Where after the passing of a decree in a suit for the enforcement of a
mortgage, the whole of the immovable property included therein falls by
transfer of jurisdiction, within the local limits of the jurisdiction of another
court, the application for the execution of the decree may be made either to the
court which passed the decree (though the pr0perty is no longer within its
jurisdiction), or to the court within the local limits of whose jurisdiction the
immovable property falls by such transfer. But where the application is made to
the former court it should not itself order the property to be sold, but should
transfer it to the latter court for passing and executing the order for
The question of whether a court to which a decree has been sent for execution,
has the jurisdiction to execute the decree if the amount exceeds the pecuniary
jurisdiction of the Court has been decided by various High Courts and they have
taken separate views. The Allahabad High Court in Shanti Lal v. Mt Jamni Kuer, approved
the decision of the Madras High Court that it can exceed the pecuniary
jurisdiction. The High Courts of Calcutta, Bombay and Patna have however taken a
A court to which execution of a decree is transferred, has no jurisdiction to
order either the attachment or sale of immovable property in execution if at the
time of the Order such court had no territorial jurisdiction over the
Powers of Executing Court
A court executing a decree cannot go behind the decree. The court must take the
decree as it finds it. It cannot entertain any objection that the decree is
incorrect on law or on facts, because until the decree is set aside by an
appropriate proceedings in appeal or in revision, a decree even if erroneous, is
binding between the parties. It has to see thee decree as it is and execute it
in accordance with the terms therein. It cannot question the correctness or
legality of the directions. However, if the court which passed the decree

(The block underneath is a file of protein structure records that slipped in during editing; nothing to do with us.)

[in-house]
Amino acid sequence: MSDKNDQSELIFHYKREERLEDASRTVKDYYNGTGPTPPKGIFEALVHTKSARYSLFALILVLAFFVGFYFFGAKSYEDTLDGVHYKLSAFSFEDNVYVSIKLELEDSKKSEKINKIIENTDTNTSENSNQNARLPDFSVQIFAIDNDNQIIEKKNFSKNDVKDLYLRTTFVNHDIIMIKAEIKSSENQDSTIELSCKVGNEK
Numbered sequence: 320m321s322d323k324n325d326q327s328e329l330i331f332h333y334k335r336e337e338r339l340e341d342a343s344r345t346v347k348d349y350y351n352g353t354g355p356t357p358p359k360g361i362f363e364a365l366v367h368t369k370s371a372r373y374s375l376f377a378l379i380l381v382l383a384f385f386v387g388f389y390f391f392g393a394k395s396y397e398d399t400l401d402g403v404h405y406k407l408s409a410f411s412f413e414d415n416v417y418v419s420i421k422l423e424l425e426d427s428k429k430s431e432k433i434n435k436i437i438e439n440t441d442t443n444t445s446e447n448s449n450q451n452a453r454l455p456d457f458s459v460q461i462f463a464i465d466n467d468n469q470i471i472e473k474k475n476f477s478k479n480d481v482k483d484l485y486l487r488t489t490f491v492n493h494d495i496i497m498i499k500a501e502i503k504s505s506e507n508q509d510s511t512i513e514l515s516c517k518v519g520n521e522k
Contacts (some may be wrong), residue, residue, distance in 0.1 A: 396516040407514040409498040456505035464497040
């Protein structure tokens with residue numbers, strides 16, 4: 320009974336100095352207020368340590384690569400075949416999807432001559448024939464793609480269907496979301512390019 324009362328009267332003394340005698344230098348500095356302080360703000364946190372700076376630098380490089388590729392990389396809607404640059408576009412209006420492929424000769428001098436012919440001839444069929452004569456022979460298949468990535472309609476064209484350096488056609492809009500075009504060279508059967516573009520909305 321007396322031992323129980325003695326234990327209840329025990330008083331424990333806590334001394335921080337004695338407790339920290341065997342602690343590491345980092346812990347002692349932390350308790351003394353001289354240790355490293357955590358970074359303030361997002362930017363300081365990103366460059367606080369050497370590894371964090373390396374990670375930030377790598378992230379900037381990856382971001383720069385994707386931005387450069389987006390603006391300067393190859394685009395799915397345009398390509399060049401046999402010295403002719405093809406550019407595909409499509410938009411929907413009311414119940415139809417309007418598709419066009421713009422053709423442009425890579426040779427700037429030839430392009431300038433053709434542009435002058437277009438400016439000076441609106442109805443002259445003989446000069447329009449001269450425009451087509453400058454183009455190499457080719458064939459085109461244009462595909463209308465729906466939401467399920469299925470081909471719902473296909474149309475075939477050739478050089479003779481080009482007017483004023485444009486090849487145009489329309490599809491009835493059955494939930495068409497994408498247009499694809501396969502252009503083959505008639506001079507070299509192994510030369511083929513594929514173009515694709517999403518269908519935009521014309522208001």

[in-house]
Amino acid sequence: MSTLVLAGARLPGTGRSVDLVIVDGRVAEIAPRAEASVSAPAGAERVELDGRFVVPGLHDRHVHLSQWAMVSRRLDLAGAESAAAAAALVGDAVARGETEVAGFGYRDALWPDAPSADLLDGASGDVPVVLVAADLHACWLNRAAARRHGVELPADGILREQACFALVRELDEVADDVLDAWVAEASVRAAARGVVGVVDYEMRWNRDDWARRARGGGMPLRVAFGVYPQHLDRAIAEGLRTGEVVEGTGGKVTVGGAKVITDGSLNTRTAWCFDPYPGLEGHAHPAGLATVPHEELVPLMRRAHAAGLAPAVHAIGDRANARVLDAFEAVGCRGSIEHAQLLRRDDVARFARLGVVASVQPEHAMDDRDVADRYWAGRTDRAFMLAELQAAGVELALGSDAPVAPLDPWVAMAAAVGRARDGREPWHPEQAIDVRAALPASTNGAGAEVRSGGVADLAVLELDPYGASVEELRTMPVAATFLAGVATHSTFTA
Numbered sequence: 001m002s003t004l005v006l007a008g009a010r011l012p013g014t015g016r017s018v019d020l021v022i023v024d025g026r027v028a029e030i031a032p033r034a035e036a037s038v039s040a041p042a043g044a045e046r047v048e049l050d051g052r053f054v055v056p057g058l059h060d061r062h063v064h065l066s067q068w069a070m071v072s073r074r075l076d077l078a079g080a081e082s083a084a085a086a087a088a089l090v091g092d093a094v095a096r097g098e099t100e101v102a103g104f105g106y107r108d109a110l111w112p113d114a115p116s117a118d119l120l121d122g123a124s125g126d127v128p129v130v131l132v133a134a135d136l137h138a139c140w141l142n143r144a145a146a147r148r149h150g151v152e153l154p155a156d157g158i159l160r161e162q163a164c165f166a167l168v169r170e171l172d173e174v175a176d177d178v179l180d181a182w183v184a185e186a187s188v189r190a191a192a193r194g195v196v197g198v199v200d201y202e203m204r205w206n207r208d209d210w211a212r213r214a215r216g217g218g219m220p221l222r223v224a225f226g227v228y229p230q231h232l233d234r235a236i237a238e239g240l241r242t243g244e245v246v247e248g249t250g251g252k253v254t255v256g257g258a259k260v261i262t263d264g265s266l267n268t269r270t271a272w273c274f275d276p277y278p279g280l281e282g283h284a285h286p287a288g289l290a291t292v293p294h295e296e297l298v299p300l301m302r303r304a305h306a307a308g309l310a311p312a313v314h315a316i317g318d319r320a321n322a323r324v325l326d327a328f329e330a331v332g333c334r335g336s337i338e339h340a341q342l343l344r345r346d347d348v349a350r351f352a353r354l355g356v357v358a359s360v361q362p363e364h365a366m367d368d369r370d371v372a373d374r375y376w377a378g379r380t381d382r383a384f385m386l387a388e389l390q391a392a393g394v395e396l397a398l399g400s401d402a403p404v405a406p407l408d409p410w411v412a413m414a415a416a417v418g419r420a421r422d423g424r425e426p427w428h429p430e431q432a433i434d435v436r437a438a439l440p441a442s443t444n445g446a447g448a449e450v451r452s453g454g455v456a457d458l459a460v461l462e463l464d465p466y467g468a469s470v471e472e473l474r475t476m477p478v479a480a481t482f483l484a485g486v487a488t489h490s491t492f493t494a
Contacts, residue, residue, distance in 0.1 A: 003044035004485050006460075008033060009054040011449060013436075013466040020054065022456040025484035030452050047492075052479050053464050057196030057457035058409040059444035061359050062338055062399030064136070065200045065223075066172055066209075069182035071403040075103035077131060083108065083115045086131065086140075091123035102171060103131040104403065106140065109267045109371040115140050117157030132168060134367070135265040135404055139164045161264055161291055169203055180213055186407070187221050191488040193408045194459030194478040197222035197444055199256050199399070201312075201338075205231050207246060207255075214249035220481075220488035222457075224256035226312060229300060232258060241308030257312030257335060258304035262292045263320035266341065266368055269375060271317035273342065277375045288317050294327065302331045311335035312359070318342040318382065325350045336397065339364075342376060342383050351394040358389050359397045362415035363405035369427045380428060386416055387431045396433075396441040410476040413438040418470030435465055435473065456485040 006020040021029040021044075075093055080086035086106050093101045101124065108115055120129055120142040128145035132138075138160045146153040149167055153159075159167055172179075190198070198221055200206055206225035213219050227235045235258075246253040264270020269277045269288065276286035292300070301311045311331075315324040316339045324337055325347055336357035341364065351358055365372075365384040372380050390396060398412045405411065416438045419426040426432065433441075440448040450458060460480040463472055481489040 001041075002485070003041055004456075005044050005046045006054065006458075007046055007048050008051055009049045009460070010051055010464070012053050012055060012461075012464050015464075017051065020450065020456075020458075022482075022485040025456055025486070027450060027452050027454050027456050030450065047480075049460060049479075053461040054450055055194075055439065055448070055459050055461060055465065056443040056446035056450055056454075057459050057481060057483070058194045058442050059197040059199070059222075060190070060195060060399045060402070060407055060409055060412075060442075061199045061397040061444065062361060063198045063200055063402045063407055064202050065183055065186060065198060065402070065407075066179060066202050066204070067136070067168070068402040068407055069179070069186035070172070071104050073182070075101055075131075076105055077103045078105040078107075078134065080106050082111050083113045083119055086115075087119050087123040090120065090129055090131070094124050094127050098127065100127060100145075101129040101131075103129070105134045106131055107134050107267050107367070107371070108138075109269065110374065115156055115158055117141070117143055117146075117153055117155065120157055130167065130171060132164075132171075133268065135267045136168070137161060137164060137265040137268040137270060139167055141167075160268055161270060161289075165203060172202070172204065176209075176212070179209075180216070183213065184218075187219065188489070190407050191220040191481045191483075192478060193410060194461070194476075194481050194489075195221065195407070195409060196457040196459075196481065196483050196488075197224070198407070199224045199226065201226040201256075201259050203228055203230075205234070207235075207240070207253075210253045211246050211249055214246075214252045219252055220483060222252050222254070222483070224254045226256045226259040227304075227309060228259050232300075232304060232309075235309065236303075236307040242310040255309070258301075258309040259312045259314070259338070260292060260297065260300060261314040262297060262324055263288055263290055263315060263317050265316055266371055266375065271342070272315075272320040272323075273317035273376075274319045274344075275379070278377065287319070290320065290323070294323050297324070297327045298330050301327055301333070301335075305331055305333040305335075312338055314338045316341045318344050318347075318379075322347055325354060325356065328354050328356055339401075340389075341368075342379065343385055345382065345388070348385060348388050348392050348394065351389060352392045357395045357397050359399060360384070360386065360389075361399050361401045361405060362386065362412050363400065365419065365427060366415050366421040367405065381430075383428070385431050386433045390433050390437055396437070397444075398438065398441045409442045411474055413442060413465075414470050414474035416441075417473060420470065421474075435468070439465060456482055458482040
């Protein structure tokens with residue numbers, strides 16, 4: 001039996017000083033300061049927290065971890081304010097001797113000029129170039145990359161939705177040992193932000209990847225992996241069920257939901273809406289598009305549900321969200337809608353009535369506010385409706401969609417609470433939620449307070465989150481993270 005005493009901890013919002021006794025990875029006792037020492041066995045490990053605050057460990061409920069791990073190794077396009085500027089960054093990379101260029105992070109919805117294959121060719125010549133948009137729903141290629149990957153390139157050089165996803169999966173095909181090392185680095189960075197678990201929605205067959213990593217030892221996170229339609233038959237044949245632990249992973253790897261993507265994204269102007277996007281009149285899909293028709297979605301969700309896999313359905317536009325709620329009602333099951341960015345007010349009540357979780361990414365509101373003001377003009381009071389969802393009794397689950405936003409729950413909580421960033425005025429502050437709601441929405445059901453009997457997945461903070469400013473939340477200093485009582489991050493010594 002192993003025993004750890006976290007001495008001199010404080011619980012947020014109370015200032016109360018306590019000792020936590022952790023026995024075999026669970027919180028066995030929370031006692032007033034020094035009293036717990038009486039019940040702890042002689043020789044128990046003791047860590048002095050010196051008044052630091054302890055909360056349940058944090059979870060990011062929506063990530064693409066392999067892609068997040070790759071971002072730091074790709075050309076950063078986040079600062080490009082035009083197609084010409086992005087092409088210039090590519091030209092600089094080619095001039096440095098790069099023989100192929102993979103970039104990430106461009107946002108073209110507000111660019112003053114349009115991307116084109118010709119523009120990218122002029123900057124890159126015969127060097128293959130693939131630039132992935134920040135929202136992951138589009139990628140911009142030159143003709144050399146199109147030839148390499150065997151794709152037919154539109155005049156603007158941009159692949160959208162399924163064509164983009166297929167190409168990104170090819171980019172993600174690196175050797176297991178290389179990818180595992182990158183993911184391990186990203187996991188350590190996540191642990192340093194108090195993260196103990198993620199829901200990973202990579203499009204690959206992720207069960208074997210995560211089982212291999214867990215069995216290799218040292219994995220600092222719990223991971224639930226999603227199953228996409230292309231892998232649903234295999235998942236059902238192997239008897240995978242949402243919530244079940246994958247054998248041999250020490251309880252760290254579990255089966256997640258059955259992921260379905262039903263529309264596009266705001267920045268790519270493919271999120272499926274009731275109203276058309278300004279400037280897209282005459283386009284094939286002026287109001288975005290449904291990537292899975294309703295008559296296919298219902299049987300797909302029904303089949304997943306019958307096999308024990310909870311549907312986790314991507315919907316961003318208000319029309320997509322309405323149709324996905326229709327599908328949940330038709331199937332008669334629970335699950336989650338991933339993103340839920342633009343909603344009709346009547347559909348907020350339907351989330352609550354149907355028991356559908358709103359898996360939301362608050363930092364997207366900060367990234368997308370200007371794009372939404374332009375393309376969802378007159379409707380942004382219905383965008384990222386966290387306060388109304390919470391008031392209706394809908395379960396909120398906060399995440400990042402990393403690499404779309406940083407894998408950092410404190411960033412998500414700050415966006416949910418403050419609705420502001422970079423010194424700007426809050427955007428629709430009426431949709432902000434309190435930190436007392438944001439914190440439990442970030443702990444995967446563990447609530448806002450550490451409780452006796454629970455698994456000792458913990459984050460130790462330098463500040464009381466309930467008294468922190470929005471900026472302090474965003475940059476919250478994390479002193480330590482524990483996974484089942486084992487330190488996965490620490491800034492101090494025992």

has no inherent jurisdiction, the decree is incapable of execution. Dealing
with this question, the Supreme Court observed in Kiran Singh v. Chaman
 that a decree passed by a court without jurisdiction is a nullity and
that its invalidity could be set up wherever and whenever it is sought to be
enforced whether in execution or in collateral proceedings.
39. Tranfer of decree-
- The Court which passed a decree may, on the application of the
decree-holder, send it for execution to another Court—
(a) if the person against whom the decree is passed actually and voluntarily
resides or carries on business, or personally works for gain. within the local
limits of the jurisdiction of such other Court, or
(b) if such person has not property within the local limits of the jurisdiction
of the Court which passed the decree sufficient to satisfy such decree and has
property within the local limits of the jurisdiction of such other Court, or
(c) if the decree directs the sale or delivery of immovable property situate
outside the local limits of the jurisdiction of the Court which passed it, or
(d) if the Court which passed the decree considers for any other reasons, which
it shall record in writing, that the decree should be executed by such other
- The Court which passed a decree may of its own motion send it for
execution to any subordinate Court of competent jurisdiction.
- For the purposes of this section, a Court shall be deemed to be a Court
of competent jurisdiction if, at the time of making the application for the
transfer of decree to it, such Court would have jurisdiction to try the suit
in which such decree was passed.
- Nothing in this section shall be deemed to authorise the Court which passed
a decree to execute such decree against any person or property outside the local
limits of Its jurisdiction.
The court to which the decree is sent is the another court
within the meaning
of s. 39 that court must be a court in India. Such court must be of
competent jurisdiction i.e., it must be a court which, at the time of transfer